After Election Day, I submitted myself to the silence of my own voice. I submitted myself to slowly turning off the world and looking inward, the safe space of introspection. Progress still lives here. Hope still lives here. I submitted to silence, and I listened.
I spread my empty hands and release the tension from my palms, counting the beats per minute from my wrist.
” You are still here,” I told myself, “That matters.”
Balasana- child’s poise
My forehead melts to the floor. I extend my arms until my finger dust the edge of my mat.
Over three months later, my voice is hoarse, under used. It’s repeating itself. It’s forgotten how to yell. The world turns back on. I have to teach myself how to yell again.
My momma told me about the sound of rocks pinging off the school bus she rode to integrate an all white Clay-Chalkville in the 70s. I hear the rocks in every voice that talks about making America great again. I turn up the volume, live in the sound. This is real. As real as rock on metal.
I steady my knees into my chest. This is day zero.
I root my hands and anchor my elbows to my ribs.
Yelling isn’t meant for conversation. It’s meant for declarations. I am not here for a conversation. I am not arguing a point; I’m asserting my humanity. It is not up for discussion. It’s is not a subject for polite discourse about political philosophy.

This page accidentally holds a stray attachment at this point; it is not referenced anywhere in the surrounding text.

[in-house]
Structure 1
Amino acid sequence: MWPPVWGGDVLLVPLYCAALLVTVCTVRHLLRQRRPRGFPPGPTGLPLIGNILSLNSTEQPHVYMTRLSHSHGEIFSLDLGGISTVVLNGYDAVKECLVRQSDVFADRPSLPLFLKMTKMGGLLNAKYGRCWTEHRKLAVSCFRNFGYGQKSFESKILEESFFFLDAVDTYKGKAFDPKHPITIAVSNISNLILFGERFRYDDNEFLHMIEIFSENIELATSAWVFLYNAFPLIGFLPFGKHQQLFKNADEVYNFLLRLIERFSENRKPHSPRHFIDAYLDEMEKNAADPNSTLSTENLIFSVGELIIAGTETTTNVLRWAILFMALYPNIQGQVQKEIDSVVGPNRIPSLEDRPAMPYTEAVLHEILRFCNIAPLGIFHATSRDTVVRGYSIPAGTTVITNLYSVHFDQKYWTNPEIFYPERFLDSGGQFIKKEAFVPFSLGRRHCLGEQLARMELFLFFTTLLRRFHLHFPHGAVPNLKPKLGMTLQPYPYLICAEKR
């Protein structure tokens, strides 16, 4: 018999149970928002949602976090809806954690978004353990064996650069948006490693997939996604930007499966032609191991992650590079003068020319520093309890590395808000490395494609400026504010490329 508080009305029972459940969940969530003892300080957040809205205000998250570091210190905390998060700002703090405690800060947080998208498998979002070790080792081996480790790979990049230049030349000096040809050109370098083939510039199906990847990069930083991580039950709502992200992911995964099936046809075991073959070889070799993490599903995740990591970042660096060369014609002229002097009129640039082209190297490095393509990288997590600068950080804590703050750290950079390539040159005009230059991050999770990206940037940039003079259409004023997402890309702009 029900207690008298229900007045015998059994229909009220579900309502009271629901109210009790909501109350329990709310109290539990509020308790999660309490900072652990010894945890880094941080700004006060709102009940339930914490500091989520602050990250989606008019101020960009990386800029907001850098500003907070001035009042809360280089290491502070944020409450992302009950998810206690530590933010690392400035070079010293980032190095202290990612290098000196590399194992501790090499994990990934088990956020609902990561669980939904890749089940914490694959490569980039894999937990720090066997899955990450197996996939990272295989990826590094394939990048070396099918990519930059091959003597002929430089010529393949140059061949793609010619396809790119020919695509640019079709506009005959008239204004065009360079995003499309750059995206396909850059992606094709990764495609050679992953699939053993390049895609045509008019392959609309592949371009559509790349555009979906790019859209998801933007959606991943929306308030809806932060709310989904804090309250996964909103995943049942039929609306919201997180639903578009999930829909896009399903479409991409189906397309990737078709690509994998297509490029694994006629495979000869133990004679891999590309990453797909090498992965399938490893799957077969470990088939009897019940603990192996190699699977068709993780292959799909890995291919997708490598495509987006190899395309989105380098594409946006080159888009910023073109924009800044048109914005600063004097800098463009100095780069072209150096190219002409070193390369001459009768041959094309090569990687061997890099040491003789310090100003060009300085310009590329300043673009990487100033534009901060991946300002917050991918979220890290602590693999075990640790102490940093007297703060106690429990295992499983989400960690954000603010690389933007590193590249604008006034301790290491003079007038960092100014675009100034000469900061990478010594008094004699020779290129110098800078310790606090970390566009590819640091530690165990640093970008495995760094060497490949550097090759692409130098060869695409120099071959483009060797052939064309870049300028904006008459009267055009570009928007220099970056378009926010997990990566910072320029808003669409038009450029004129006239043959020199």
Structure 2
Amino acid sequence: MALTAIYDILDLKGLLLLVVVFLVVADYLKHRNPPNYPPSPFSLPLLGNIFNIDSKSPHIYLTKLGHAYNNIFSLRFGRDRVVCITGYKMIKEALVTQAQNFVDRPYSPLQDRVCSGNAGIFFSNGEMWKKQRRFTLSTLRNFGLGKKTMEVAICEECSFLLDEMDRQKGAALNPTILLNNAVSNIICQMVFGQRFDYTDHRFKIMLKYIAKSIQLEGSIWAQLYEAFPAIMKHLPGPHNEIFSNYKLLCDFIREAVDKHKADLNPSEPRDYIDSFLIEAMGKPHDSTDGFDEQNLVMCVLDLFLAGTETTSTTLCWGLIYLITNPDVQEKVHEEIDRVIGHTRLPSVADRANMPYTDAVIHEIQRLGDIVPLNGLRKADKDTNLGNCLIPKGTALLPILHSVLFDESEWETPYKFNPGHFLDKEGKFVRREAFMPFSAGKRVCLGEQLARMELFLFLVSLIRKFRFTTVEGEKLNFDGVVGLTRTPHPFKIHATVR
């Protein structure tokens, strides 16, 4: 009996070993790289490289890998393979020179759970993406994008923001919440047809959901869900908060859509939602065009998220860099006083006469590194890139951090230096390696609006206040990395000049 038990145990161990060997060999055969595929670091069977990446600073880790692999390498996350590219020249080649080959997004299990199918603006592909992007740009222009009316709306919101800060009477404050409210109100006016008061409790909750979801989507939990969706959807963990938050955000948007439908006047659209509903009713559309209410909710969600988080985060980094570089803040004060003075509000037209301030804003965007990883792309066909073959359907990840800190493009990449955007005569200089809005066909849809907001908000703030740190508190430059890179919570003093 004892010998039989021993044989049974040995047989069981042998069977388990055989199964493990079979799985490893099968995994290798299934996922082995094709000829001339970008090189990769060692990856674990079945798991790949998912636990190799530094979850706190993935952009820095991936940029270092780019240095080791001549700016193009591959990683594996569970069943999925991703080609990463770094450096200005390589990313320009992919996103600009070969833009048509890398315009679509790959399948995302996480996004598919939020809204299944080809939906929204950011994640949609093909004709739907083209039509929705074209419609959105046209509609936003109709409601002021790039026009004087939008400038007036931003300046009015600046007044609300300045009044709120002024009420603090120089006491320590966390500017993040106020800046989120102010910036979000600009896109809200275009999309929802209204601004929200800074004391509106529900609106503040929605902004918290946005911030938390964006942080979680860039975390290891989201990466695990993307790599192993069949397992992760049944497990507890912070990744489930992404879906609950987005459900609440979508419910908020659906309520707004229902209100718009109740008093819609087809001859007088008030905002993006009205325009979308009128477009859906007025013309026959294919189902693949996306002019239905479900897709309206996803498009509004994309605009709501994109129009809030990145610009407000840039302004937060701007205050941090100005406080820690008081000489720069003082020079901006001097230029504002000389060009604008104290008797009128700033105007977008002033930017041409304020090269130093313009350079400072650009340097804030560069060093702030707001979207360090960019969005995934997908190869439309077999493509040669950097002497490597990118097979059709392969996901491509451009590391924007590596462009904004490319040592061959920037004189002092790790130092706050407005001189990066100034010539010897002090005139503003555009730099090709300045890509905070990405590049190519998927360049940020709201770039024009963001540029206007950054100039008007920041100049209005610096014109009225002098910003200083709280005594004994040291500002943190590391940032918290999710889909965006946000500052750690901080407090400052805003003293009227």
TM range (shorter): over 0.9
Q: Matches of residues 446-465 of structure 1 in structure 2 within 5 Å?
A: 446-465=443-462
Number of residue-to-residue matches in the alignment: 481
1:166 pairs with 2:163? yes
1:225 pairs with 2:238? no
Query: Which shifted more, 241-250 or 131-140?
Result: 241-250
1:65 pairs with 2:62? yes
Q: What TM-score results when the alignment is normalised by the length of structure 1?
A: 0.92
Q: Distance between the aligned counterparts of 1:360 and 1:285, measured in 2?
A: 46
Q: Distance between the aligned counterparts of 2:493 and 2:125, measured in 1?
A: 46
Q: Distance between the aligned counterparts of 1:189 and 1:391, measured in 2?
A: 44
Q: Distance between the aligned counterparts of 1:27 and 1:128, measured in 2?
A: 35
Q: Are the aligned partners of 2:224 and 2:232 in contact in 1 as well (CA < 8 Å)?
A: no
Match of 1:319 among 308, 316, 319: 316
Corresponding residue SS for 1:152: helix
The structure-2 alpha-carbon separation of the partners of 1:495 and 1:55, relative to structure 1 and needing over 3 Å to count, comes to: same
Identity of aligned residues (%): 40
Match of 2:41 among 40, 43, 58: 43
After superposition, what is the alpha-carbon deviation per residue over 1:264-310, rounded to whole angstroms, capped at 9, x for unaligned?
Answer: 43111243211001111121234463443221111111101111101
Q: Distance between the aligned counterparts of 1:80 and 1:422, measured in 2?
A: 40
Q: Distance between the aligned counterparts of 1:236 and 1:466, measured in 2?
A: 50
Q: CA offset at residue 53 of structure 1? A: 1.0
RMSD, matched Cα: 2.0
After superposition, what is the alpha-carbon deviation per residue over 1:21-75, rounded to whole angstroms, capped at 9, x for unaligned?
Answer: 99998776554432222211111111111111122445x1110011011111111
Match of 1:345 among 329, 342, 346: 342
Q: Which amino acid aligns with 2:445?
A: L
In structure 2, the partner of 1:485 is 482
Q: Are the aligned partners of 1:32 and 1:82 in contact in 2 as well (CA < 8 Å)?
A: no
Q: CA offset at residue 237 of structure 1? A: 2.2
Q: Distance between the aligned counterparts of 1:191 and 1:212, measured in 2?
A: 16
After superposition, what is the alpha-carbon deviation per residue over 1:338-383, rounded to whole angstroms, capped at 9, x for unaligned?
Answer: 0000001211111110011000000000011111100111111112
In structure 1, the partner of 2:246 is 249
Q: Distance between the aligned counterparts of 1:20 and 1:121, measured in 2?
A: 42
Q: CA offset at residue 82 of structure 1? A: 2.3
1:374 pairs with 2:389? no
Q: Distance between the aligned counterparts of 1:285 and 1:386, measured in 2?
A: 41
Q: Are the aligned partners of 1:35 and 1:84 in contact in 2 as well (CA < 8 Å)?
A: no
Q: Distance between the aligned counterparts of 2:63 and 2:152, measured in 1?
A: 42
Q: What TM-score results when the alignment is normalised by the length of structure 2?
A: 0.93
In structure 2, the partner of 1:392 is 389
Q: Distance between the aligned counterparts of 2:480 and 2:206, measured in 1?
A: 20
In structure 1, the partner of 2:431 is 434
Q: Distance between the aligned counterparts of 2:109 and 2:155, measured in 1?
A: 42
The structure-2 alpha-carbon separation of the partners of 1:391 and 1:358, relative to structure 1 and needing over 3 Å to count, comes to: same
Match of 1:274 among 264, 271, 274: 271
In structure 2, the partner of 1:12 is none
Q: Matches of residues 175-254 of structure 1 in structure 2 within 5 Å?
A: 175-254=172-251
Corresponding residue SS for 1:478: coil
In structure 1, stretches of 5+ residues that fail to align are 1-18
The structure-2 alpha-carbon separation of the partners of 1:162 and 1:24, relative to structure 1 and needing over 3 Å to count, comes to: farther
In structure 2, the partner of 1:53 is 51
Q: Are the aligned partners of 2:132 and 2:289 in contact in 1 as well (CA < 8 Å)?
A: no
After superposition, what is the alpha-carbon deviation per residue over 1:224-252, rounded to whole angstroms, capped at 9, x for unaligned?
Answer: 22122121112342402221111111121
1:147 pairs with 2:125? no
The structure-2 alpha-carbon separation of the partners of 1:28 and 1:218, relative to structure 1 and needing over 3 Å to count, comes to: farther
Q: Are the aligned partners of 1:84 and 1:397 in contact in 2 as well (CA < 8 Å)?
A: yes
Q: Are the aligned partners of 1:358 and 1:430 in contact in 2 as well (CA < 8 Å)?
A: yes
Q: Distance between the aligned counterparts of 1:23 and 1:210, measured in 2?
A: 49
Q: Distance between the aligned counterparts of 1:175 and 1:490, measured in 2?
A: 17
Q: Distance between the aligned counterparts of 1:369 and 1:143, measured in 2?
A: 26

I raise my chest and breathe
All I saw was snow, not the sheet of ice ready to kick the tires into a spin. The car slid like an awkward cow, then tilted left. My toes gripped in my boots as if my flesh pressed into the gel inserts could exert enough force to stop a one and half ton vehicle. The wheel snatched, dragged a burn on my palm. I braced my back. The driver’s side hit the curb, the thump shaking to the trunk. I bit blood from my bottom lip. I couldn’t stop the wheel from turning, the car from turning round and round.
It took me ninety seconds to remember his voice, to remember the sound of his breathing, his resting heart beat, the deep volume of his lungs compressing, expanding. I braced my hand on my rib cage, felt my pulse against my bones, the sweat creasing my palms. I exhaled. Felt the cold gathering in my cheeks, my teeth biting the fat of my tongue. It was gone. The brain numbing infatuation, the desire. The jitter in my throat that made my voice an octave too high, unwomanly, childlike.
But I didn’t hang up.
I turned too wide into oncoming traffic or I didn’t. I veered into the other lane or I didn’t. I can only remember panic: I’m going to be late. I’m going to be late. I don’t remember how we collided, how the hunter green paint of his 1996 Honda Civic grated against the black of my bumper, the soft growl of the metal before I jerked to a halt. My brain could not process daylight, could not process the sound of cars thundering feet from the curb my heels teetered on. The man jumped out of his car, yelling something my ears couldn’t process. I’m sorry, I thought. I didn’t mean to.
He was afraid I would fall from the curb. I thought he was just angry.
Heart break is an imbedded procedural memory like using a fork or driving, but memory is prone to error. It’s doesn’t see the ice below the snow, doesn’t know what to do when I veer off course, bouncing against the walls, scratching paint off doors. All it can do is brace me for impact.